Saturday, 14 June 2008

The Atheist Thirteen

Via nullifidian, one of those internet 'meme' things to "find out at least a little bit more about each other in the atheist blogging community...If you’d like to take part, copy these questions, and answer them in your own words on your own blog."

Q1. How would you define “atheism”?
The belief that the balance of evidence suggests that the existence of God, gods, or similar supernatural beings is improbable.

Q2. Was your upbringing religious? If so, what tradition?
Marginally. I was brought up in the Anglican tradition (non-evangelical low church), my mother and grandmother are low key believers as are other members of my extended family, and I went to a Catholic school for a few years, but religion was never a big part of my life, although I was more religious than my peers. I continued to be affiliated with the church, getting confirmed in my mid-teens. I increasingly adopted more heterodox positions (partly informed by an interest in church history and comparative religion), rejecting trinitarianism early on, so that I was probably more of a deist by the time I attended university. There I was confronted by the essentially contradictory nature of my continued belief in God (which was by now practically a metaphor for my conscience anyway) yet rejection of the other aspects of Christian belief on the basis of the paucity of evidence. I've self-identified as an atheist ever since.

Q3. How would you describe “Intelligent Design”, using only one word?
Delusion.

Q4. What scientific endeavour really excites you?
Neuroscience is my field of research, and the interface of neuroscience and medicine, particularly psychiatry, is where my interests lie. Fingers crossed we might actually find out something that is of some use to people soon.

Q5. If you could change one thing about the “atheist community”, what would it be and why?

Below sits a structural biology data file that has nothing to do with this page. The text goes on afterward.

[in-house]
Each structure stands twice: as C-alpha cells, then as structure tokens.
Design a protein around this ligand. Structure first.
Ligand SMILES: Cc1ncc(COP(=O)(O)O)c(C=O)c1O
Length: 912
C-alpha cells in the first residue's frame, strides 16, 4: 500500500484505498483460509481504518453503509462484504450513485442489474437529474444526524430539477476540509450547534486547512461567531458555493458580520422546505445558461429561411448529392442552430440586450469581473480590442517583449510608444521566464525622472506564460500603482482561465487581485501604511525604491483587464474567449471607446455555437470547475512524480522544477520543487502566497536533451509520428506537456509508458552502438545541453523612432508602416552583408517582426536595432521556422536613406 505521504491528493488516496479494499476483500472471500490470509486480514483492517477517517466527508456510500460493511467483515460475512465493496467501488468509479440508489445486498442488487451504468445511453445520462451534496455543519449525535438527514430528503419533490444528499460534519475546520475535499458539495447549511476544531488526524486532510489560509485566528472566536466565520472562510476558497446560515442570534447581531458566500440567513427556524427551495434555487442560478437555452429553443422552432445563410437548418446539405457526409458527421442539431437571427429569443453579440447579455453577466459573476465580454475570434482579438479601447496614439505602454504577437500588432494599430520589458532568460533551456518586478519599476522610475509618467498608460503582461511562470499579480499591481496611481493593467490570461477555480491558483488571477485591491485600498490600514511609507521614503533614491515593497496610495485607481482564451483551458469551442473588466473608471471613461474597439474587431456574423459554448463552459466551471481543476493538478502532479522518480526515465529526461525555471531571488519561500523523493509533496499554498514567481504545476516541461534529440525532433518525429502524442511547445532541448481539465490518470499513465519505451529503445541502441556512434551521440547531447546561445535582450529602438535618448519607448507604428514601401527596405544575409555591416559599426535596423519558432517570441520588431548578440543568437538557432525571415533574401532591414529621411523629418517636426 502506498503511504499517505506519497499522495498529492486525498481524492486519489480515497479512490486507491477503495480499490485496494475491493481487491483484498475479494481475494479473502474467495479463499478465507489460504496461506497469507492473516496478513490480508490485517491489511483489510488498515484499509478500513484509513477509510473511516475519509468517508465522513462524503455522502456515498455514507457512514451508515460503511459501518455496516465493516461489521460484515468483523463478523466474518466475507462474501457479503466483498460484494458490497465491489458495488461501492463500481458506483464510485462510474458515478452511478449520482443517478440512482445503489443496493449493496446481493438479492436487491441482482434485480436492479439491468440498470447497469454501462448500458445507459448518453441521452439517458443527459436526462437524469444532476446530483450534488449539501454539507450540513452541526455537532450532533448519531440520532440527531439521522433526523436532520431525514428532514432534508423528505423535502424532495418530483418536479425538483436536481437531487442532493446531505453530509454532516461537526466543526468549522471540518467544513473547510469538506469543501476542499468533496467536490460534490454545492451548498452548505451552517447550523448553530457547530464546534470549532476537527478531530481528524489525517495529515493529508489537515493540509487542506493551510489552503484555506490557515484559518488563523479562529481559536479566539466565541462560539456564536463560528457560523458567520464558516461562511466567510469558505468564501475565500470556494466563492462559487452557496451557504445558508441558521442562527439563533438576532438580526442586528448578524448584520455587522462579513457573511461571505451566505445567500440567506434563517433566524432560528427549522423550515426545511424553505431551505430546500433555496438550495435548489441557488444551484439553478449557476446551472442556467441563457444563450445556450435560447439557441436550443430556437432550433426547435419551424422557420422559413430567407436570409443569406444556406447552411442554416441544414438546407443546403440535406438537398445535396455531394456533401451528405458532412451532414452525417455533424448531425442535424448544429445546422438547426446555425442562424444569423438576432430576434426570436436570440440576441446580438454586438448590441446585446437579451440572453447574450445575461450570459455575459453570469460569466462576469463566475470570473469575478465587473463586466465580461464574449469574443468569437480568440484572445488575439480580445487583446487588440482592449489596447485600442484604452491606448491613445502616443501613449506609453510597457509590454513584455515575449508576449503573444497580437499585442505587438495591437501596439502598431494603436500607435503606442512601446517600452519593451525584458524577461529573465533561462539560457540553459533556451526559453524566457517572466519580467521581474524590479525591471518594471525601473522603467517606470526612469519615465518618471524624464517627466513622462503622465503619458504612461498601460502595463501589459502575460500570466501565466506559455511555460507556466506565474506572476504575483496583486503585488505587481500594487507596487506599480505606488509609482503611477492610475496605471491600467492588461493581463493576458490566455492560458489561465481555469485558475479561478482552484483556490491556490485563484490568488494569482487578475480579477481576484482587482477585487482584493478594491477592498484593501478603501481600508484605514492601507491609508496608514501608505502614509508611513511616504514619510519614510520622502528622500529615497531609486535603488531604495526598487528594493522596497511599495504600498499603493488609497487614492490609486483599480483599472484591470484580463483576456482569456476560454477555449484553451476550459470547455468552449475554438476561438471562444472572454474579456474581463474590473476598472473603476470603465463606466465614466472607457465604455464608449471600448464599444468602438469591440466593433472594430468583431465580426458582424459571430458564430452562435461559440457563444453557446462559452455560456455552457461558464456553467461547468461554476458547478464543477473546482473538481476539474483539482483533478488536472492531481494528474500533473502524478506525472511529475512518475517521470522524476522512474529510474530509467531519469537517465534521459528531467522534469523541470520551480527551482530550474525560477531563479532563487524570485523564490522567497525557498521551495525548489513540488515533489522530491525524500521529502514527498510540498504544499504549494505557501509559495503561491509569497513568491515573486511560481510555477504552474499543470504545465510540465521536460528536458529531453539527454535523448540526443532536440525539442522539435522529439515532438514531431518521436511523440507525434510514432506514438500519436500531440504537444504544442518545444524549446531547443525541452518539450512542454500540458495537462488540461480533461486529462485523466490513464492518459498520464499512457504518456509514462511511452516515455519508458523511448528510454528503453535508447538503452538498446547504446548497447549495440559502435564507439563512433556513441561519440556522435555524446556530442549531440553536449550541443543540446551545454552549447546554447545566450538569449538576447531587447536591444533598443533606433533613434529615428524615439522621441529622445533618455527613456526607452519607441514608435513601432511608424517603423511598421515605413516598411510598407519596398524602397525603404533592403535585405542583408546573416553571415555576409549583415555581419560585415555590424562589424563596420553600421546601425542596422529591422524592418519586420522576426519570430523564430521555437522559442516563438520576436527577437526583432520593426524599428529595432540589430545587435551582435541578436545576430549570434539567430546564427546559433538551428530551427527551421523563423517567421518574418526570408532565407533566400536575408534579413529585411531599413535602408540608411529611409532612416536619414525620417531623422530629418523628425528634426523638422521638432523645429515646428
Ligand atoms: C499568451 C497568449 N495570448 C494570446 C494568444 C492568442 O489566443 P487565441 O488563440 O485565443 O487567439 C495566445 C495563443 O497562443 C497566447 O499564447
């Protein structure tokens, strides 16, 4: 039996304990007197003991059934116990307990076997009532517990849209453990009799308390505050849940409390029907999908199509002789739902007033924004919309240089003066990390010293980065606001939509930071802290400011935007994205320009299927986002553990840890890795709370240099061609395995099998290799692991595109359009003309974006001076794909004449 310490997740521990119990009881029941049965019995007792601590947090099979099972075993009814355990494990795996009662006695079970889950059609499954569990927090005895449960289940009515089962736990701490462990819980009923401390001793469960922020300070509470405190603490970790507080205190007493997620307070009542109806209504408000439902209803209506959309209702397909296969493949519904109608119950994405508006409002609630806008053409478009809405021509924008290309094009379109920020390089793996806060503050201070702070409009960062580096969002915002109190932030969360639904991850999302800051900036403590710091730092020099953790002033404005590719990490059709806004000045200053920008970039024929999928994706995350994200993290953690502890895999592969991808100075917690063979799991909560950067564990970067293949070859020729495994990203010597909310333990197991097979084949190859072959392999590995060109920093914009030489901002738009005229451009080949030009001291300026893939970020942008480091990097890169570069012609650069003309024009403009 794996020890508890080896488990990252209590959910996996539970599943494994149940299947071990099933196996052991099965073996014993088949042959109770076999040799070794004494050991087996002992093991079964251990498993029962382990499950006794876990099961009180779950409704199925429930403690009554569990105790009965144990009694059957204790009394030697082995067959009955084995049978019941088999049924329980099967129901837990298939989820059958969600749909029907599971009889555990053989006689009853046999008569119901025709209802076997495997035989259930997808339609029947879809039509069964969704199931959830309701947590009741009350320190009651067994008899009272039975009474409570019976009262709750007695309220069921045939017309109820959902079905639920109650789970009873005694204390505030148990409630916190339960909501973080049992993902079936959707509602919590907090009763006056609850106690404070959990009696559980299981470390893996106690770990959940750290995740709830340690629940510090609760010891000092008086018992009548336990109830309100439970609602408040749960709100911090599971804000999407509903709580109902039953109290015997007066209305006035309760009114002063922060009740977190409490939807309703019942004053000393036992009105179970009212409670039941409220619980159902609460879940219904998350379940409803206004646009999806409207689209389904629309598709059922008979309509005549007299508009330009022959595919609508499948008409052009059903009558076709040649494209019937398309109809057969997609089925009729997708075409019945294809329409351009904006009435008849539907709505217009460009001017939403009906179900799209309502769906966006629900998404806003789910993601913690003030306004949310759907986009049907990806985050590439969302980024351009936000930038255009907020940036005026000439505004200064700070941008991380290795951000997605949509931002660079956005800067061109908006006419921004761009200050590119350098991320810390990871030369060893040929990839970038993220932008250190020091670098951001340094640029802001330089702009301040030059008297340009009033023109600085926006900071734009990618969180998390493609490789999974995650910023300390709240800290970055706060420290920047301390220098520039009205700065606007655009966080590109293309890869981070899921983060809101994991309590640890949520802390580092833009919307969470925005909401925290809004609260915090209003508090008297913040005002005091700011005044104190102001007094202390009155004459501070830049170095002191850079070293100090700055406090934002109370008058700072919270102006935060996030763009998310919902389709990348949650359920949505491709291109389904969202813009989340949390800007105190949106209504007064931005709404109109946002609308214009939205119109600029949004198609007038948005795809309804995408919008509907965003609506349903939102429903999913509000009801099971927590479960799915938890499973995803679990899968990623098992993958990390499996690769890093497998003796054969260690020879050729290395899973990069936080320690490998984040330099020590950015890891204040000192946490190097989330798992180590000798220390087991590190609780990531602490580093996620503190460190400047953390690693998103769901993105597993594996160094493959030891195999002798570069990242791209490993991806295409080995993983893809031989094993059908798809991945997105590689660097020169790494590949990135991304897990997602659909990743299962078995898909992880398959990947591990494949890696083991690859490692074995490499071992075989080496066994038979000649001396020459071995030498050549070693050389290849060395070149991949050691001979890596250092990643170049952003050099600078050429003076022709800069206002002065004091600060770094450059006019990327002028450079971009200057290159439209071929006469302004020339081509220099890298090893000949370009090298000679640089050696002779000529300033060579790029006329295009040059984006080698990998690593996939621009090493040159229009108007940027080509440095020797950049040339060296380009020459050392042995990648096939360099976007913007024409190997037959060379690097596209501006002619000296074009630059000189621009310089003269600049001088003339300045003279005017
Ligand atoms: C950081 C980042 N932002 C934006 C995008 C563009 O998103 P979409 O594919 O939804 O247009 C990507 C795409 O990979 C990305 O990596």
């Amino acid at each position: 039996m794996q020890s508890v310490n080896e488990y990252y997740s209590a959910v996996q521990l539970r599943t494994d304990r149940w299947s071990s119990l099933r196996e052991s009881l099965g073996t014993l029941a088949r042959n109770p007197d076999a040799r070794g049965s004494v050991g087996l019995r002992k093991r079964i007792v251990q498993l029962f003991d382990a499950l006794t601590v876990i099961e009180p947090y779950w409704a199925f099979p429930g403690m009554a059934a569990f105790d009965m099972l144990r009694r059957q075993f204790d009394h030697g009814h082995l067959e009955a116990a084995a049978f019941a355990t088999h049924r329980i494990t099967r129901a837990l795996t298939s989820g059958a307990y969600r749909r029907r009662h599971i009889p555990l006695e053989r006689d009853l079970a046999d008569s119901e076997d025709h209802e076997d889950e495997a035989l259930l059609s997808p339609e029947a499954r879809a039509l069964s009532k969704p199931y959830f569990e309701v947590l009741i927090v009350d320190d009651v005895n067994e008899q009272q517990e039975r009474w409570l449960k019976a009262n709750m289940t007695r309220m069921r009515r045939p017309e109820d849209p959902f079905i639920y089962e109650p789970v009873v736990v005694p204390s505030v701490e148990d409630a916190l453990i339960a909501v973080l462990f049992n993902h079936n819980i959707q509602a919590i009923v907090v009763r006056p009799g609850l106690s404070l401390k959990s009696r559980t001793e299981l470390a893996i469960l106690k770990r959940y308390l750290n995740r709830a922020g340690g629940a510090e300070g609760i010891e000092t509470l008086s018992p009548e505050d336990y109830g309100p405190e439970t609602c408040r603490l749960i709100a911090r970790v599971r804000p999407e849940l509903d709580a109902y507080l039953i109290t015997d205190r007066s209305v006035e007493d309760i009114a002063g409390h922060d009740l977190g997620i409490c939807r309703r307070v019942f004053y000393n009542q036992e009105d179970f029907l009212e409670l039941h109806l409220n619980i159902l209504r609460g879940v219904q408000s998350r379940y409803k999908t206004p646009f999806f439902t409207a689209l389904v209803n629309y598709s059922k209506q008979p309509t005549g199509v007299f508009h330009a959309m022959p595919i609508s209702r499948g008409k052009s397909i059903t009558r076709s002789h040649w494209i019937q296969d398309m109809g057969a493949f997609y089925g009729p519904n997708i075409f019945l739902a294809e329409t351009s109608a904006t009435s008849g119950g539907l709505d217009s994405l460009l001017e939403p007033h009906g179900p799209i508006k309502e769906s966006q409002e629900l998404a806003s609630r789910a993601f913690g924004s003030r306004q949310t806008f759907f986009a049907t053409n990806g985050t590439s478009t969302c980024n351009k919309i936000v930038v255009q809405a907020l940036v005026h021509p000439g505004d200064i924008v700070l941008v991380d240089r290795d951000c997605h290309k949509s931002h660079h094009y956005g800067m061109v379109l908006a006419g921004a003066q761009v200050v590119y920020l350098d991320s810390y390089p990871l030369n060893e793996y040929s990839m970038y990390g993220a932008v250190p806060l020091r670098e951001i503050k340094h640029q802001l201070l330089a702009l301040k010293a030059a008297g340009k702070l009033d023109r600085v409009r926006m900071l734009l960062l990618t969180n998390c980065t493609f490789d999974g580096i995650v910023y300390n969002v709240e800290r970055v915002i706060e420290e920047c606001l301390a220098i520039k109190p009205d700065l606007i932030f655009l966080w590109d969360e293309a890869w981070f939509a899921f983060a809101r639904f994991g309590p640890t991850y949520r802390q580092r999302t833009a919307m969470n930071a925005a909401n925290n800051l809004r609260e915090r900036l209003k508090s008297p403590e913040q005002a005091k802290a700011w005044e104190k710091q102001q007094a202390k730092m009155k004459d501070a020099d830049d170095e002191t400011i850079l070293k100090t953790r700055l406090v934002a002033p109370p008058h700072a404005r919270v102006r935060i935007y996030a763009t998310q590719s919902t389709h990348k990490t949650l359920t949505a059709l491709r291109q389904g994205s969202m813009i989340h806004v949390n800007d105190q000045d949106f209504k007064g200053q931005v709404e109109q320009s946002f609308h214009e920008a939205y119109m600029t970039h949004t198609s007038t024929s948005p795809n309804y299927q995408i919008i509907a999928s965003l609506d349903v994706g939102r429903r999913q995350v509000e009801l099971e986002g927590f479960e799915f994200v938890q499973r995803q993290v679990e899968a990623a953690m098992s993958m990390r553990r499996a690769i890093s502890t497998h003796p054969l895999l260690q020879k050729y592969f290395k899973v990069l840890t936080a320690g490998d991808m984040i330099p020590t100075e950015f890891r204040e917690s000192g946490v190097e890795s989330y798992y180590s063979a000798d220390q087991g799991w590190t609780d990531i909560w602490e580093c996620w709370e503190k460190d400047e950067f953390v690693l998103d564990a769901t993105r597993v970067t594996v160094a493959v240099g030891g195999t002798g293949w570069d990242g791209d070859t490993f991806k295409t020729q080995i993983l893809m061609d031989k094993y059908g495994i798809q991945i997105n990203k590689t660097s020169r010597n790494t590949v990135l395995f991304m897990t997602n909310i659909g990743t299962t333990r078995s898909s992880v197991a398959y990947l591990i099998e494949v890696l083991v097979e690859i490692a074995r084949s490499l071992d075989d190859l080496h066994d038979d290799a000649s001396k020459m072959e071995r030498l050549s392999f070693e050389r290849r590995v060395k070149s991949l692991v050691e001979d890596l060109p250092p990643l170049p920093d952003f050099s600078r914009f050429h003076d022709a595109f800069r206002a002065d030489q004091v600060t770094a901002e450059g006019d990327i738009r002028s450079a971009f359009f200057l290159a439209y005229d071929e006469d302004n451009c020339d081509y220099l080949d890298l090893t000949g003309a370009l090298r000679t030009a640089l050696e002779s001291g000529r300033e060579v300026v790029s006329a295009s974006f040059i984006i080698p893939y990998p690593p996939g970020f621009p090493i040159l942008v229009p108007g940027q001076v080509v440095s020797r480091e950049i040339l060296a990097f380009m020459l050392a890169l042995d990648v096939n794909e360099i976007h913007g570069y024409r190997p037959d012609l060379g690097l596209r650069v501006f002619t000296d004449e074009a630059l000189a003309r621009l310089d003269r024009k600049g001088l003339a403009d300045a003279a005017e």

I'd like there to be less smug sneering by certain aspects of the atheist 'community', who can combine a sense of superiority over those unsophisticated atheists who explicitly and unequivocally reject religion, with a patronising defence of the 'opium of the people'. There's a certain strand of studenty contrarianism that likes to say things like 'aah, but isn't science becoming the new religion', to which the answer is 'no, not aah!':



Q6. If your child came up to you and said “I’m joining the clergy”, what would be your first response?
"Shit, when the fuck did I have a child?" Actually, I'd like to think I'd already noticed that my child was religious so I wouldn't be inordinately surprised. I don't think I'd be too worried about my child becoming a protestant priest, in some ways it is a logical and worthy consequence of their beliefs, and many do good work in the community, but I'd be more concerned about them becoming a Catholic priest, because they are rejecting significant and rewarding parts of life. I like to think that if my child were to become religious they would have grown up in an environment where they were able to think about it for themselves, and were not directed one way or the other.

Q7. What’s your favourite theistic argument, and how do you usually refute it?
I'm quite fond of the ontological argument, and the argument from personal experience is always a good way to close down a conversation - but for raw rhetorical chutzpah the bait and switch of changing between a minimally specified deistic god to the God of orthodox Christianity is my favourite. The refutation is obvious.

Q8. What’s your most “controversial” (as far as general attitudes amongst other atheists goes) viewpoint?